In early February we launched ’35 & Counting’, an exhibition and online auction, marking 35 years of supporting emerging artists.
All proceeds of the online auction, launching on Thursday 16 February (5pm), will support our artist residency programme.
To showcase the 29 artworks generously donated, we have asked each of the artists to remind us of their involvement with Aspex and what a residency means to them.
Above: 'A Hundred Seas Rising' at Aspex, 2012 (image courtesy of the artist)
The artist said: “Aspex commissioned an ambitious sound installation, ‘A Hundred Seas Rising’ [pictured] in 2012. Inspired by Dickens’s novel, ‘A Tale of Two Cities’, ‘A Hundred Seas Rising’ explores how literature might be implicated in the imagination and trajectories of revolutions. The installation uses the sound of 100 individual voices as a sculptural material, re-imagining Dickens’s revolutionary mob sonically by creating surges of ideological thought that reverberate across the gallery space.
Sound has always been important within my moving image and sculptural installations. The commission enabled me to explore the human voice. It was with this work that I became interested to use multiple voices to reflect multiple subjectivities to challenge the idea of a singular ‘truth.’”
What does a studio/place to work mean to you?
“A place to think and to experiment”
How have funded residencies supported your professional development, and what impact have they had on your work?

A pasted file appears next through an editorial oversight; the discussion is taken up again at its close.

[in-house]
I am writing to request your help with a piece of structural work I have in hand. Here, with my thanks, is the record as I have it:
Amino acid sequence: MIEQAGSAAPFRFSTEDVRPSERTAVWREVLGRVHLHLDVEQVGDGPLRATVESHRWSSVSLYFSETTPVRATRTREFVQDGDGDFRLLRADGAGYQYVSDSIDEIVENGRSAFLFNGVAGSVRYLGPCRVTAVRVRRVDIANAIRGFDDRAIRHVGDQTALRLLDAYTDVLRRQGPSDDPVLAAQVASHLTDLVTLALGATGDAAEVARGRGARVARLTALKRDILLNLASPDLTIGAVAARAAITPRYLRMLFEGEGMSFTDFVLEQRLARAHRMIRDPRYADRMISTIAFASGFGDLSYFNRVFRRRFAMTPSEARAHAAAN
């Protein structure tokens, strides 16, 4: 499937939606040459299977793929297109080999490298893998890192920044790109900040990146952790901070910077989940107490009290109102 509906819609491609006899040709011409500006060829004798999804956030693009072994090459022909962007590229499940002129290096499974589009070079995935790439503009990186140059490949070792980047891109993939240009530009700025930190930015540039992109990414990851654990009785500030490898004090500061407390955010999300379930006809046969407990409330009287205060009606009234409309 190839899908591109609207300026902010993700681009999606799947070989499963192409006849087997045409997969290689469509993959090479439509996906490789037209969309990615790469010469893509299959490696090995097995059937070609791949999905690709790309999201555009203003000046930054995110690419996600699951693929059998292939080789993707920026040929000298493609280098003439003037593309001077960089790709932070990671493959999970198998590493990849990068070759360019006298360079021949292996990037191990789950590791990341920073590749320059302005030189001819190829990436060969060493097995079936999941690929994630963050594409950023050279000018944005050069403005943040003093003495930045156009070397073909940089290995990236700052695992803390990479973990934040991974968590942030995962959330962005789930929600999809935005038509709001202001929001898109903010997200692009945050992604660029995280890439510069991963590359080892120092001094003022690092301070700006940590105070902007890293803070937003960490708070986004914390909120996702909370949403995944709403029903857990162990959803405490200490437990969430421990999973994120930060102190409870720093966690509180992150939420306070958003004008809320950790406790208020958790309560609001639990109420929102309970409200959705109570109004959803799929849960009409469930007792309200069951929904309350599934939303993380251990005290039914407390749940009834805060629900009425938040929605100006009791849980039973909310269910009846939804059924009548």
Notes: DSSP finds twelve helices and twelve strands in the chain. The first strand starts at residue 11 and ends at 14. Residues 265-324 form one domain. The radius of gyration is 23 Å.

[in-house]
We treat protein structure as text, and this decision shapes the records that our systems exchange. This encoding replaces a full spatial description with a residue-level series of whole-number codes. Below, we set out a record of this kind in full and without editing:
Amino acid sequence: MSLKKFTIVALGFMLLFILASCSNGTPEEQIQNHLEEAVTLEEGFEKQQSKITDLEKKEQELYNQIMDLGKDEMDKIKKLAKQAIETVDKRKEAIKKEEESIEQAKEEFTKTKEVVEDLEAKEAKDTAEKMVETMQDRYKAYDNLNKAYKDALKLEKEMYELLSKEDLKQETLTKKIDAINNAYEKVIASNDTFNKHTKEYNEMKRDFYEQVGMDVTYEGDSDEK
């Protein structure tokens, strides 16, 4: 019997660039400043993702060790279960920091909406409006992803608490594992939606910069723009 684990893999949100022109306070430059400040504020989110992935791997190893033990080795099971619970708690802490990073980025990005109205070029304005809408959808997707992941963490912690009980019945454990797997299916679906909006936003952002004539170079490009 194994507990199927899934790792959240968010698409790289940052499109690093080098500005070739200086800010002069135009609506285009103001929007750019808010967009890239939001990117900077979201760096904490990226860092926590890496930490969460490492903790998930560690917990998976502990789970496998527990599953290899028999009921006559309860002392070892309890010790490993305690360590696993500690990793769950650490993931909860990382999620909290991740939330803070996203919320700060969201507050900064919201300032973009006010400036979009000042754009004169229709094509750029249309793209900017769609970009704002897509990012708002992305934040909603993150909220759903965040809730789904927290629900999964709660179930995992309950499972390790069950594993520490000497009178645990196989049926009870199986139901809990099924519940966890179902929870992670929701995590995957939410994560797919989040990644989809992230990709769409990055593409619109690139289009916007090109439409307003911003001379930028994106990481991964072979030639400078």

“The short residency with psychologist Skaiste Linceviciute at Aspex Gallery was one of two important experiences that piqued my interest in sensory perception and subjectivity. This initial dialogue led to my project, 'Lucida', a trilogy of interactive video installations, funded by Wellcome Trust, Arts Council of England and University of Salford.” The first 'Lucida' work has been acquired by the University of Salford Art Collection.
About the artwork
‘Lucida - Slit Lamp Eye’
- Digital Giclée prints on 300gsm acid free & archival quality paper
- 42 x 59.4cm unframed, 51 x 71cm framed
Weaving together extraordinary images, bio-medical research and individual testimonies, ‘Lucida’ exposes the curious and complex relationship between the human eye, the brain and vision. Working with a camera obscura, artist Suki Chan became intrigued by how our eyes receive images upside down, yet the brain processes and interprets them the correct way up. The mechanisms of our visual perception mean that at any given moment we actually see much less than we perceive. Our everyday experience of viewing a perfect and stable image of the world with ‘photographic’ detail is, in a certain sense, an illusion.